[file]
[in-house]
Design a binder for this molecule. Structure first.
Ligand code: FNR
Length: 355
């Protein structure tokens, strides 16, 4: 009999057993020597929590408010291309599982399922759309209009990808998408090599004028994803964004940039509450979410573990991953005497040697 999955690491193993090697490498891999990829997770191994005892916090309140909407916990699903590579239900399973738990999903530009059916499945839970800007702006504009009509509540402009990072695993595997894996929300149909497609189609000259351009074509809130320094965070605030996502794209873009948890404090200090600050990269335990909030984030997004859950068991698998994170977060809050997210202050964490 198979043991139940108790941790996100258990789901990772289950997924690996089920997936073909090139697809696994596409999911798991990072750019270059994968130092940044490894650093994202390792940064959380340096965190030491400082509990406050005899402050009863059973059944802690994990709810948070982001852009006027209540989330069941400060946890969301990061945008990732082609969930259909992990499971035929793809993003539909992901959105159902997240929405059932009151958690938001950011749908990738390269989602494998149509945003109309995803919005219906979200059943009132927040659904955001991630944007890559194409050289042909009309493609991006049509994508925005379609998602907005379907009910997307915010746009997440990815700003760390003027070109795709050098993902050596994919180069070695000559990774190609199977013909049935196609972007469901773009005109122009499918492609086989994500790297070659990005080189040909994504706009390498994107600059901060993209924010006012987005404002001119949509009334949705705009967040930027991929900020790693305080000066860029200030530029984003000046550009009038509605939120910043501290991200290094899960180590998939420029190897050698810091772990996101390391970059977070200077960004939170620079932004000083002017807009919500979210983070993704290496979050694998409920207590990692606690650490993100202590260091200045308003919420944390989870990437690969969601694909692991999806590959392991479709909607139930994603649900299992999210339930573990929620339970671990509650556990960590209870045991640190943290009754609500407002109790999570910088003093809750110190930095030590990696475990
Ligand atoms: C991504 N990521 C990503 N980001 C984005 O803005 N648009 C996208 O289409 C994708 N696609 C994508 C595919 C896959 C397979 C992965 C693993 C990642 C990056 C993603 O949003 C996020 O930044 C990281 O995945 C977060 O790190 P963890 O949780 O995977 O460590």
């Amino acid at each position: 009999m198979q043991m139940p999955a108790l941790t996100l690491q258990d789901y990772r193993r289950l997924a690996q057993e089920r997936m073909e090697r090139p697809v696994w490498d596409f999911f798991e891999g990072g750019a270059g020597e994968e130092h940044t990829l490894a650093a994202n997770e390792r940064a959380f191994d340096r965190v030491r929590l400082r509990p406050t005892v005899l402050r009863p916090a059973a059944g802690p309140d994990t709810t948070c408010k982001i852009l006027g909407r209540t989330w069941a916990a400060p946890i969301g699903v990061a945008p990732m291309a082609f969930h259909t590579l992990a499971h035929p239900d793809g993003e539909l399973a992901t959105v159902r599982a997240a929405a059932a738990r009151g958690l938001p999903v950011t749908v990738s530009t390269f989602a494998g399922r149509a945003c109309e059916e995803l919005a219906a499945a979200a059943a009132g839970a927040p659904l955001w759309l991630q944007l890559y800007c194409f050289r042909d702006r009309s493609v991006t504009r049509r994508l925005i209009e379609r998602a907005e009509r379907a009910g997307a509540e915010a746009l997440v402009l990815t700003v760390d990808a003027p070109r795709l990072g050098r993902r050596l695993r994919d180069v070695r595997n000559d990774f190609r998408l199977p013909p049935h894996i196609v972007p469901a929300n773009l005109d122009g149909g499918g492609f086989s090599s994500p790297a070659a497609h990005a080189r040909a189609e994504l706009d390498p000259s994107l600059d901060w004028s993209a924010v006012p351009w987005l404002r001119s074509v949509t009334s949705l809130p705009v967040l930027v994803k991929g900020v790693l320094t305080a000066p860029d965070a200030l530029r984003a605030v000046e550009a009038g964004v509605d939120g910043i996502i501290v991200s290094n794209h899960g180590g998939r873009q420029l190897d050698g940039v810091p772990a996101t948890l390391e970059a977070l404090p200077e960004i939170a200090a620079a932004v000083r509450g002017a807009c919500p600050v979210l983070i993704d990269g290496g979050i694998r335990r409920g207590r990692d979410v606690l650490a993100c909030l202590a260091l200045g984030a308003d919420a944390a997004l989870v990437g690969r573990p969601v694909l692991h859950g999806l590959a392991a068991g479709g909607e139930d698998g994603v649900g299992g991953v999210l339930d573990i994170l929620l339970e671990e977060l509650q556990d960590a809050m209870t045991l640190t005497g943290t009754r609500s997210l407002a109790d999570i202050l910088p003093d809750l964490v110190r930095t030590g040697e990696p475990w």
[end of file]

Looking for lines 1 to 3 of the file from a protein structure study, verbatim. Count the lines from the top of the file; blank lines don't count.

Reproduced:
[in-house]
Design a binder for this molecule. Structure first.
Ligand code: FNR